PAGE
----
Wednesday, October 9, 2013

Three Reasons Music Recording Engineers are Having a Hard Time Finding Work

Having a hard time finding work in the Music Industry as a recording engineer?

There is three big reasons why - the economy, technology and the Internet. These three factors have played a huge part in the loss of work for engineers, and here is why.


The Economy

Yes, a lot of people may think that the economy would not affect the music industry as much as it does, but in some cases it may be effected by the economy even more than most industries.

The music industry relies on people having extra money, and when times are tough, people don't buy CD's or go to concerts; a band that spends $4000.00 a year to have their CD recorded, if they can't afford it anymore than the engineers, producers and studios suffer.


As long as the economy is not doing good or even when it bounces back, if it's still at an unstable state or at least in a rescission state, the cycle will continue and it will be hard to find people who are willing to record their band or their self to make a CD that might only sell a few hundred or even a few thousand copies.

The economy also affects record labels and production companies as well. Record companies and productions companies are the financial backing to a lot of work that comes available to studios and engineers. They can pay for studio time that an artist or band may not be able to afford, but if sales down, then they will be restricted to how much funds they can use to promote a talent.

Technology

Technology is great for the D.I.Y. (do it yourself) people, but for a recording engineer it makes trying to get work very hard. Technology is making it capable to have a small home studio with big professional results at an extremely affordable price.



A studio that could have been put together 15 years ago for about $50,000.00, can now be put together in someone's garage or basement for just about $5,000 dollars, and believe or not, it can sound just as good.
Even worse for the engineer, if you're just a solo musician or a really small band, it can take even less money and even less space. Hand held recorders, computer software, compact MIDI keyboards, MP3's, flash drives etc. are just some of the products playing a part in taking the need of an educated, experienced engineer out of the equation.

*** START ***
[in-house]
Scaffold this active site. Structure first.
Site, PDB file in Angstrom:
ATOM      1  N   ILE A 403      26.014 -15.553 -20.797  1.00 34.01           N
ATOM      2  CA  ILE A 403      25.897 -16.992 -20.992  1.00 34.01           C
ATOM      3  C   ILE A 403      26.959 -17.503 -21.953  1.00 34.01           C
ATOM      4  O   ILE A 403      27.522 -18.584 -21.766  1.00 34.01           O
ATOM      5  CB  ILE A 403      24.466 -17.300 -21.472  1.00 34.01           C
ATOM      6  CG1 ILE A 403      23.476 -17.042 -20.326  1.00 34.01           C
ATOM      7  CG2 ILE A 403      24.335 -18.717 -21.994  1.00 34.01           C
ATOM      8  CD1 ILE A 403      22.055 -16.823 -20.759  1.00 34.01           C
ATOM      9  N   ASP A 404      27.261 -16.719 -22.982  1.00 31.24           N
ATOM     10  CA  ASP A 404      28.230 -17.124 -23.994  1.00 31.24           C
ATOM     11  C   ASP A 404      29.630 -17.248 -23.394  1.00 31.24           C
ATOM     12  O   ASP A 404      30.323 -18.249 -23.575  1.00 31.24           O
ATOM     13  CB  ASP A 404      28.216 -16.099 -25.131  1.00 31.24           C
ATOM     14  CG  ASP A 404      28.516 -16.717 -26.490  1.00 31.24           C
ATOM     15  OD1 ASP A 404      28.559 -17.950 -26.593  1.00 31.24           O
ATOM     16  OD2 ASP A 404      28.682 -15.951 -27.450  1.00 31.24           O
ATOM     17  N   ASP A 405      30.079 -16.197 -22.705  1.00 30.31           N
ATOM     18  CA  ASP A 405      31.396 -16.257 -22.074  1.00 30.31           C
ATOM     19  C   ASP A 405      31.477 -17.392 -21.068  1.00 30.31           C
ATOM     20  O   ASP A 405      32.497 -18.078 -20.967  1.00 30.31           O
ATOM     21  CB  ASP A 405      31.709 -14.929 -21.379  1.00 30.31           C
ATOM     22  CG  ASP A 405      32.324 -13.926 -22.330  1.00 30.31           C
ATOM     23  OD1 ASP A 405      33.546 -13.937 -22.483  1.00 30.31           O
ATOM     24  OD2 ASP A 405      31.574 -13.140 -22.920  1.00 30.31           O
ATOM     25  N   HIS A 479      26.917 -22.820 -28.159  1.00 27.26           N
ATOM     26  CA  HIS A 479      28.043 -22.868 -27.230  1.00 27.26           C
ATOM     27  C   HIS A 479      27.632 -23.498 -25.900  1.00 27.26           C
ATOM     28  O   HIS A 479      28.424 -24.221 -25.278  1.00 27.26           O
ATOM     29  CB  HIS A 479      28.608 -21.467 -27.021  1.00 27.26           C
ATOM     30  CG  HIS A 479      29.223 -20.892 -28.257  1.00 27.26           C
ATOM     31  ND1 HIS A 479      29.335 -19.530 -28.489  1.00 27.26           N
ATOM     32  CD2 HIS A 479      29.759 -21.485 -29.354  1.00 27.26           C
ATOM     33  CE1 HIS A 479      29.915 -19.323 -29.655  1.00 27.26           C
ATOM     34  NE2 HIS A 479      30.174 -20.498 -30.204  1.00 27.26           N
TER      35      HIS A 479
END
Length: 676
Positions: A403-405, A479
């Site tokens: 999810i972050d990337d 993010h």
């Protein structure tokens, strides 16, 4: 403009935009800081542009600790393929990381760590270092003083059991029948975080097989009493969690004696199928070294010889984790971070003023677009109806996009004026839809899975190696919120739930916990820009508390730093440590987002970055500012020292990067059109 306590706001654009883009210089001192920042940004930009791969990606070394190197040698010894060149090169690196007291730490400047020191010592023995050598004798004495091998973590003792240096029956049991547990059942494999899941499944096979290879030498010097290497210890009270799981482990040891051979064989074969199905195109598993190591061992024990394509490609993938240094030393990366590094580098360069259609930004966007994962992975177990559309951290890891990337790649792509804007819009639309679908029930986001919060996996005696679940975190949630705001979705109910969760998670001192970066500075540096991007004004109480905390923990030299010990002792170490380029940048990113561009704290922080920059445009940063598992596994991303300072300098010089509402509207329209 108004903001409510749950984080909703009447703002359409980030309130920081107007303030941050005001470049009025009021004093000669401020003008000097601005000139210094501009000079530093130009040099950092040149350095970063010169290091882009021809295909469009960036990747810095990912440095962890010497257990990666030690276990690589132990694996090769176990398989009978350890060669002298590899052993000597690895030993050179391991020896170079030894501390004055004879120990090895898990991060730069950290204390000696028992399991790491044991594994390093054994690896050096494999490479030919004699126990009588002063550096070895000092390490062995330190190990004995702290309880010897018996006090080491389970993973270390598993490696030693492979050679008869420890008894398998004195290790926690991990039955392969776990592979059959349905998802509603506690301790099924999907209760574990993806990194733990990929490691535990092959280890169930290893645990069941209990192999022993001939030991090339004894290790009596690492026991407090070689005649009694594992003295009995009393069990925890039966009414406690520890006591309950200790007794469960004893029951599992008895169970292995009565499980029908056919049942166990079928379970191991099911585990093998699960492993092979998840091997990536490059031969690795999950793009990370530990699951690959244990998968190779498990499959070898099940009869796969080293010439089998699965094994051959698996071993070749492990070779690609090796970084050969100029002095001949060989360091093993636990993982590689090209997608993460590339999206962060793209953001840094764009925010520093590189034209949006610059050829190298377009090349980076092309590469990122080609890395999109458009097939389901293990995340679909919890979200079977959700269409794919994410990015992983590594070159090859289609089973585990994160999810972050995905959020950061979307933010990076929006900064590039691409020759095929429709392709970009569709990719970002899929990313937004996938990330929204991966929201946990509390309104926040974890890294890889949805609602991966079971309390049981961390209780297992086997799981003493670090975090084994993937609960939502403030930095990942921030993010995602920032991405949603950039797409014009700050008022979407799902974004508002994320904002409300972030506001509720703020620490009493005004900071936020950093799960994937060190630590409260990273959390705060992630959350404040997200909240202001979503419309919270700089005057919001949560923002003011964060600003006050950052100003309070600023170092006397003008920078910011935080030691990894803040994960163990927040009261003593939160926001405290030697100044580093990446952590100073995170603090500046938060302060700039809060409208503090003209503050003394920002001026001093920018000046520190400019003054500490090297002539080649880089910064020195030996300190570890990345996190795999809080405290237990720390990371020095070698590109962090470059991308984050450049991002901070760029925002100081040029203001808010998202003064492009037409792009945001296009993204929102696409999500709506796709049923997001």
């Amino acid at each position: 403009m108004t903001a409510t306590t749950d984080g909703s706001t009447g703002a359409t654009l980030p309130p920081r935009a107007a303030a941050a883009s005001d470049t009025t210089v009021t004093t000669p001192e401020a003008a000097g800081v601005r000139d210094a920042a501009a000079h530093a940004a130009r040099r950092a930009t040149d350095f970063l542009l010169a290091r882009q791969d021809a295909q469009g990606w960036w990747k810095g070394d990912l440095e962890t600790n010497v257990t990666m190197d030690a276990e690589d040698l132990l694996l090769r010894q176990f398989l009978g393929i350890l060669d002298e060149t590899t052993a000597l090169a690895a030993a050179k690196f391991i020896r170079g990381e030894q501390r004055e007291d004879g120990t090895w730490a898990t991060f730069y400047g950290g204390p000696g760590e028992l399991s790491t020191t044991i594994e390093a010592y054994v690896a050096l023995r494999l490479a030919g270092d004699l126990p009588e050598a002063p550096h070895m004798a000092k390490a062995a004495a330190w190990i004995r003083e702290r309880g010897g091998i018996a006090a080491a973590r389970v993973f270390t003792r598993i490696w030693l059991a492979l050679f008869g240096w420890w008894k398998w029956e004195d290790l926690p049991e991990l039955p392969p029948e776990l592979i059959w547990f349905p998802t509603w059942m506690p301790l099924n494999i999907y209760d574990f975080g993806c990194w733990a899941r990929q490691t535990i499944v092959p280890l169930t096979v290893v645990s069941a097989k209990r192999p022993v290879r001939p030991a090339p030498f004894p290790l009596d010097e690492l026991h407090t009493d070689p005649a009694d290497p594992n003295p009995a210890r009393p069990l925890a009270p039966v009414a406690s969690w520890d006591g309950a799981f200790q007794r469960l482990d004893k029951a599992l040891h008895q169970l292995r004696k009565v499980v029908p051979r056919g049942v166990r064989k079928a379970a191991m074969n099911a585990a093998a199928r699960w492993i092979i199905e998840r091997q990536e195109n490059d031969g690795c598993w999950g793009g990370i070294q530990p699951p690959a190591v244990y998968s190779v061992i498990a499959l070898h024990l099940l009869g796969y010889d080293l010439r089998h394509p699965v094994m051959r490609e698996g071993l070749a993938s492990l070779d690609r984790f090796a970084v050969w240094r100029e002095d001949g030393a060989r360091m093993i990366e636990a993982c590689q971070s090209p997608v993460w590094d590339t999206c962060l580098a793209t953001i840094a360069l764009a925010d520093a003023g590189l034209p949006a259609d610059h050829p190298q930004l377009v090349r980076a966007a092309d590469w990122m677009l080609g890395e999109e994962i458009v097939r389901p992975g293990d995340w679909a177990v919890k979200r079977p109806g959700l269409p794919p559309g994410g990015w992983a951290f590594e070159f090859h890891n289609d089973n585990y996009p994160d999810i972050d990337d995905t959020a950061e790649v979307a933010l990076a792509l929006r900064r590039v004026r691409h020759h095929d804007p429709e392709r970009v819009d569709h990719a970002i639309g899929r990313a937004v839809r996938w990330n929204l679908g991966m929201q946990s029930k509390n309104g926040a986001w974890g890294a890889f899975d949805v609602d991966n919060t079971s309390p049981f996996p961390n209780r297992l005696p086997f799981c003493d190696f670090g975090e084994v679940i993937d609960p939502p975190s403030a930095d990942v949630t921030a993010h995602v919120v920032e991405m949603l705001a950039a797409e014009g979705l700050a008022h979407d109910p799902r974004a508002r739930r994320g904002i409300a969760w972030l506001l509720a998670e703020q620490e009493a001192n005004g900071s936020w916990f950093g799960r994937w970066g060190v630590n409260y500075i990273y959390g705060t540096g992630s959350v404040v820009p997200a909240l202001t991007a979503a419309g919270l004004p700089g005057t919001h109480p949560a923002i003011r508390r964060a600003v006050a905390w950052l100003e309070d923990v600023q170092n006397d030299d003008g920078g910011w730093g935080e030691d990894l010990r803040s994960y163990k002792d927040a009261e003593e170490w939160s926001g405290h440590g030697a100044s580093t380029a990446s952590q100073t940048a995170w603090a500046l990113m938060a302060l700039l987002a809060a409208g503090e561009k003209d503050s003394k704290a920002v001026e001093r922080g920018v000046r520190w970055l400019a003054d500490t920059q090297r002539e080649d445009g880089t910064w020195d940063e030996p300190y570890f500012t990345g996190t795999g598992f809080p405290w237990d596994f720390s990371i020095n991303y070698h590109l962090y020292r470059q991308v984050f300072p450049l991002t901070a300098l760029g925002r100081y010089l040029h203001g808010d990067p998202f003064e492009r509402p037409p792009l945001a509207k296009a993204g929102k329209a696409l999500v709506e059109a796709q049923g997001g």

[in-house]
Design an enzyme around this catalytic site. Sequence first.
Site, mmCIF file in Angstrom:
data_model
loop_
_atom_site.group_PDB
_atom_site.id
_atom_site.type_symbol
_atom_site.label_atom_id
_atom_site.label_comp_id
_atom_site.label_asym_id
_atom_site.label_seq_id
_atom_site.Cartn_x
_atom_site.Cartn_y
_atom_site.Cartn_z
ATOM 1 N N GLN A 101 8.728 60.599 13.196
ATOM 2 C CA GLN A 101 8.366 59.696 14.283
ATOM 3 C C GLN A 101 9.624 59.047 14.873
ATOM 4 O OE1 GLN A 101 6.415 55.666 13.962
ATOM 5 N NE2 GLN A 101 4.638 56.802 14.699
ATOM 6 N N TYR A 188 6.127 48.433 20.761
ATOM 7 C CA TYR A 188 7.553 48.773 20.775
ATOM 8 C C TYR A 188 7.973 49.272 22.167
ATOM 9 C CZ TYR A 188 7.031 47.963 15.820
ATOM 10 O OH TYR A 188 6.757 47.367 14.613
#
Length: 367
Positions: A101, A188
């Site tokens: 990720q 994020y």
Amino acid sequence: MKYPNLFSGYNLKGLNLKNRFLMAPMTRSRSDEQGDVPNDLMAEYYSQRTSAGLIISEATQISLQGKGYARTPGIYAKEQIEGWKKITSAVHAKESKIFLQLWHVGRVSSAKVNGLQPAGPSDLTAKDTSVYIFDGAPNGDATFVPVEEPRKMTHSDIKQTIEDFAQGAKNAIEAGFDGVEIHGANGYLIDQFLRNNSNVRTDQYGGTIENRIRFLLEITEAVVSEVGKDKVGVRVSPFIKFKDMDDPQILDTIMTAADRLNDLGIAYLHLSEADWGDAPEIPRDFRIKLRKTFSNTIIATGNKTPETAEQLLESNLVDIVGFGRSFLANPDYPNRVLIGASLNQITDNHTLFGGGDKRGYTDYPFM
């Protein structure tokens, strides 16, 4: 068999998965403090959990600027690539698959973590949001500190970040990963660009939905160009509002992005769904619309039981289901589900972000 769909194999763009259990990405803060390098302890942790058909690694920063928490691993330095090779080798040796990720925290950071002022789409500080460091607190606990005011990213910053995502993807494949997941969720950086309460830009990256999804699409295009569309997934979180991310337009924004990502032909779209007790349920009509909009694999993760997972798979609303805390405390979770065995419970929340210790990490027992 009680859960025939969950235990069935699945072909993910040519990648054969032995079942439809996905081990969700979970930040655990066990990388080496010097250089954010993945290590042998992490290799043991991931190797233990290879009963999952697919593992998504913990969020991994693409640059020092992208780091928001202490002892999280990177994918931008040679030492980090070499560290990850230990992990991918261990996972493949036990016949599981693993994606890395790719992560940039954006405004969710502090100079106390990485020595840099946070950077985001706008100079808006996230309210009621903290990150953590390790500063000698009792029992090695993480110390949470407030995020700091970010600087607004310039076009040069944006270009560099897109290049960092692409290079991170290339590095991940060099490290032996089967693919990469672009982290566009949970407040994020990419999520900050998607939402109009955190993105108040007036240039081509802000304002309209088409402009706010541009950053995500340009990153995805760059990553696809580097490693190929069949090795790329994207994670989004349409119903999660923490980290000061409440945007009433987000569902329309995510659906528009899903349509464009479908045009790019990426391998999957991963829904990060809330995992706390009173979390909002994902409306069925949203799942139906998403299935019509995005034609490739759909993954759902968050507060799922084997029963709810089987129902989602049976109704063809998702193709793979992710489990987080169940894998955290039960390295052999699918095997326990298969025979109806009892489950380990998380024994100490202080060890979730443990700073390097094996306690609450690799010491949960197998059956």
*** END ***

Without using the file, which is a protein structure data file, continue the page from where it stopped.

The Internet (Information World)

Here is the third and final nail in the coffin for the independent recording engineer. If you have access to all of the equipment mentioned above and more, and want to learn how to use it, the internet has unlimited resources to learn from. Although, there are some things you just can't pick up from reading or watching videos - if you stick with your hobby long enough, you might just be able to be just as good as a professional without the need for schooling or an internship.


Adjust Your Game Plan
Just think about some of these factors when you go out looking for work. Understand, it might not be you or your talent that hurts your chances of getting work, but it could be that the Music Industry is changing and recording engineers are suffering from it. My suggestion to everyone is to see how the industry is changing and change with it. Find out where and how other engineers are making their money in the industry and adjust your game plan.

 

1 comment:

  1. Good recording artists should know how to make the song attractive to listeners.

    ReplyDelete